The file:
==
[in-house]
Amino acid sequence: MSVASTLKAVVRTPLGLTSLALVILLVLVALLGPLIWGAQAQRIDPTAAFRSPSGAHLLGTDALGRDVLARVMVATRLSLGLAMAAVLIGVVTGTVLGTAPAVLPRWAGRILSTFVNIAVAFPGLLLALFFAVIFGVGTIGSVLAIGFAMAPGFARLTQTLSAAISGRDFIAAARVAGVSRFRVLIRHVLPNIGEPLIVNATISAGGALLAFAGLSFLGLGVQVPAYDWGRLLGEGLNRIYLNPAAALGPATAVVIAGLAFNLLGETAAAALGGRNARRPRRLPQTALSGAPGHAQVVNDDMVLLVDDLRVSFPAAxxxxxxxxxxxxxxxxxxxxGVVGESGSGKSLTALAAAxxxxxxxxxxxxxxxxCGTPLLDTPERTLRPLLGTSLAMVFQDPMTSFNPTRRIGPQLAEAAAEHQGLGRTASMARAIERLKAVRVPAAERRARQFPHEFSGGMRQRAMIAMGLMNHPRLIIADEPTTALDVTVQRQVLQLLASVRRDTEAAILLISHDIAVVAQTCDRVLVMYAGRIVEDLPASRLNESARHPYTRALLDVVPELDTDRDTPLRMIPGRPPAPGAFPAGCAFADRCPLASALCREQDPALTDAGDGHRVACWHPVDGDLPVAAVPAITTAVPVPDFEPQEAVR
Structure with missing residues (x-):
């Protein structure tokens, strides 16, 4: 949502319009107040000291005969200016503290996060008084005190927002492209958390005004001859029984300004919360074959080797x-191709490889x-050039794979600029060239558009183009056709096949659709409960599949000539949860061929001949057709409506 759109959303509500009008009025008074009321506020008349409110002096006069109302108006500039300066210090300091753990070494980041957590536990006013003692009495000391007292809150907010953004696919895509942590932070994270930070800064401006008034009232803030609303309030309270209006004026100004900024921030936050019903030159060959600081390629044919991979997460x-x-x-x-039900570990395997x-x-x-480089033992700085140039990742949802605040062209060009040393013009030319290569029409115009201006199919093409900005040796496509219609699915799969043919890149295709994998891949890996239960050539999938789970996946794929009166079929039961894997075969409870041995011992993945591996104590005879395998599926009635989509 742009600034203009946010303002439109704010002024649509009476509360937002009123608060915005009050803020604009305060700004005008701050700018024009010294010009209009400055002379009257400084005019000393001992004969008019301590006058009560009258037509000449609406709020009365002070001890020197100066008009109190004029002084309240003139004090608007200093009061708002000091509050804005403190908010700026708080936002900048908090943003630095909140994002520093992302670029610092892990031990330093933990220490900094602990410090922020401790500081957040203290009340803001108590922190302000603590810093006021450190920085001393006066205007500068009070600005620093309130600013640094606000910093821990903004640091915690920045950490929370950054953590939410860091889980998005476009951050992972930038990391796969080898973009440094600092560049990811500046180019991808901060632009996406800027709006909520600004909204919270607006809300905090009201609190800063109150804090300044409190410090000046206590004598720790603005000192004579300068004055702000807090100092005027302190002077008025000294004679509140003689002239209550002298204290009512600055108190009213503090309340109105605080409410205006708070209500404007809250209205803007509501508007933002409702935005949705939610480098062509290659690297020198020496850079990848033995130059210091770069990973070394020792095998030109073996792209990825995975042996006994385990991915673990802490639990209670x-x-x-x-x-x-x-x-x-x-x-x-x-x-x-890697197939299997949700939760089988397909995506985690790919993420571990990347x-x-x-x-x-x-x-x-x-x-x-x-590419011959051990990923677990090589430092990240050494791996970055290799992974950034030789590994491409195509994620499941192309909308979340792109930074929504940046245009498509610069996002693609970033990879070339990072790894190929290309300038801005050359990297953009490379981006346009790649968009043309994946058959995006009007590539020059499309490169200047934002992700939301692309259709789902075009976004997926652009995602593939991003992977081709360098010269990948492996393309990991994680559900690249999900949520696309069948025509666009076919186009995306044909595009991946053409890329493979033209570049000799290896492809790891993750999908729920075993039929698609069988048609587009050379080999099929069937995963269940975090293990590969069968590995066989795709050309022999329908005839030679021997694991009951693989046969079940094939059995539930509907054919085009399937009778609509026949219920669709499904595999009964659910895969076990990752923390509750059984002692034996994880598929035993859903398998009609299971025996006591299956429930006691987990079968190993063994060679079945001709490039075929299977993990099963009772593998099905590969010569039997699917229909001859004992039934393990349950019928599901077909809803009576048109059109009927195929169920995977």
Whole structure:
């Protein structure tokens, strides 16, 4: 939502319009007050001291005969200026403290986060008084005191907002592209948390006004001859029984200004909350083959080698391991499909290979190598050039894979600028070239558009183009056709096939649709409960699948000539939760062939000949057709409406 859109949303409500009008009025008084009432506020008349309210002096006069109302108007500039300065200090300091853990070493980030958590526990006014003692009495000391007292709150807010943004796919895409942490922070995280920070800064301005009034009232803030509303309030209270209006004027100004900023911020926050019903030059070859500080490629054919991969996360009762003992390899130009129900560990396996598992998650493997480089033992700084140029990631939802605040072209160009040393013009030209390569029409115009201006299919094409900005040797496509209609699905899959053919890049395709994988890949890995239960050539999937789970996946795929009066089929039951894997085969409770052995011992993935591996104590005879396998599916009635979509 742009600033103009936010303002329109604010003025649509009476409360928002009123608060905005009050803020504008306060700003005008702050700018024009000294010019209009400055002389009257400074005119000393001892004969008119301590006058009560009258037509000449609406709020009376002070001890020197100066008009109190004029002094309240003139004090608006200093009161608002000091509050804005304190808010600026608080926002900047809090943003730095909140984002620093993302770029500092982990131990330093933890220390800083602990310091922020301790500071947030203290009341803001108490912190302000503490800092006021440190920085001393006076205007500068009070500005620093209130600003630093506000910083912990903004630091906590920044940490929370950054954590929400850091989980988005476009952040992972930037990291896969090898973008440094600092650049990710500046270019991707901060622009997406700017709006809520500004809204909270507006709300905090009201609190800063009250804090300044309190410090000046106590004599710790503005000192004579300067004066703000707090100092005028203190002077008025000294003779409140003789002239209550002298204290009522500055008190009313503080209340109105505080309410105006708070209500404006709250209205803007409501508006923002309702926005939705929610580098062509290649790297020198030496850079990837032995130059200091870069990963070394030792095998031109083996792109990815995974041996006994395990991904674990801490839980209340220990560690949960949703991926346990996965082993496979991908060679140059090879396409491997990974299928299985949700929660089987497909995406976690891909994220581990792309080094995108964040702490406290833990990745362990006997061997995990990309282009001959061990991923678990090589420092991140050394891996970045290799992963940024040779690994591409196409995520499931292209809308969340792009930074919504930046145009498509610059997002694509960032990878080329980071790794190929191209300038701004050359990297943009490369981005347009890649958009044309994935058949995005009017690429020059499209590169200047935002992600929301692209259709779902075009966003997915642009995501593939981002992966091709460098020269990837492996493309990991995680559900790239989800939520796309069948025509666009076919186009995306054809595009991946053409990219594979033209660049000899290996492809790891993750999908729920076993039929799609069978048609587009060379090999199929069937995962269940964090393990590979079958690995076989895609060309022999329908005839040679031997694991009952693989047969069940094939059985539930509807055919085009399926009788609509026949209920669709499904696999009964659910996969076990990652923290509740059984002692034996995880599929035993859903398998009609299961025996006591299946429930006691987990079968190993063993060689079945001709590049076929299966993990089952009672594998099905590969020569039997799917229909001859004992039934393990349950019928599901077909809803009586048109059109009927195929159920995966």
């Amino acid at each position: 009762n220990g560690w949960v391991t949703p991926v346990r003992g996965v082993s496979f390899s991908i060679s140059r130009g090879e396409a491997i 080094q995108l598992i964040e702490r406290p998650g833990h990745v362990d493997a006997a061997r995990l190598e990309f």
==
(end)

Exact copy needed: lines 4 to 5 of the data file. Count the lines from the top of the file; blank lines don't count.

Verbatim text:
């Protein structure tokens, strides 16, 4: 949502319009107040000291005969200016503290996060008084005190927002492209958390005004001859029984300004919360074959080797x-191709490889x-050039794979600029060239558009183009056709096949659709409960599949000539949860061929001949057709409506 759109959303509500009008009025008074009321506020008349409110002096006069109302108006500039300066210090300091753990070494980041957590536990006013003692009495000391007292809150907010953004696919895509942590932070994270930070800064401006008034009232803030609303309030309270209006004026100004900024921030936050019903030159060959600081390629044919991979997460x-x-x-x-039900570990395997x-x-x-480089033992700085140039990742949802605040062209060009040393013009030319290569029409115009201006199919093409900005040796496509219609699915799969043919890149295709994998891949890996239960050539999938789970996946794929009166079929039961894997075969409870041995011992993945591996104590005879395998599926009635989509 742009600034203009946010303002439109704010002024649509009476509360937002009123608060915005009050803020604009305060700004005008701050700018024009010294010009209009400055002379009257400084005019000393001992004969008019301590006058009560009258037509000449609406709020009365002070001890020197100066008009109190004029002084309240003139004090608007200093009061708002000091509050804005403190908010700026708080936002900048908090943003630095909140994002520093992302670029610092892990031990330093933990220490900094602990410090922020401790500081957040203290009340803001108590922190302000603590810093006021450190920085001393006066205007500068009070600005620093309130600013640094606000910093821990903004640091915690920045950490929370950054953590939410860091889980998005476009951050992972930038990391796969080898973009440094600092560049990811500046180019991808901060632009996406800027709006909520600004909204919270607006809300905090009201609190800063109150804090300044409190410090000046206590004598720790603005000192004579300068004055702000807090100092005027302190002077008025000294004679509140003689002239209550002298204290009512600055108190009213503090309340109105605080409410205006708070209500404007809250209205803007509501508007933002409702935005949705939610480098062509290659690297020198020496850079990848033995130059210091770069990973070394020792095998030109073996792209990825995975042996006994385990991915673990802490639990209670x-x-x-x-x-x-x-x-x-x-x-x-x-x-x-890697197939299997949700939760089988397909995506985690790919993420571990990347x-x-x-x-x-x-x-x-x-x-x-x-590419011959051990990923677990090589430092990240050494791996970055290799992974950034030789590994491409195509994620499941192309909308979340792109930074929504940046245009498509610069996002693609970033990879070339990072790894190929290309300038801005050359990297953009490379981006346009790649968009043309994946058959995006009007590539020059499309490169200047934002992700939301692309259709789902075009976004997926652009995602593939991003992977081709360098010269990948492996393309990991994680559900690249999900949520696309069948025509666009076919186009995306044909595009991946053409890329493979033209570049000799290896492809790891993750999908729920075993039929698609069988048609587009050379080999099929069937995963269940975090293990590969069968590995066989795709050309022999329908005839030679021997694991009951693989046969079940094939059995539930509907054919085009399937009778609509026949219920669709499904595999009964659910895969076990990752923390509750059984002692034996994880598929035993859903398998009609299971025996006591299956429930006691987990079968190993063994060679079945001709490039075929299977993990099963009772593998099905590969010569039997699917229909001859004992039934393990349950019928599901077909809803009576048109059109009927195929169920995977």
Whole structure: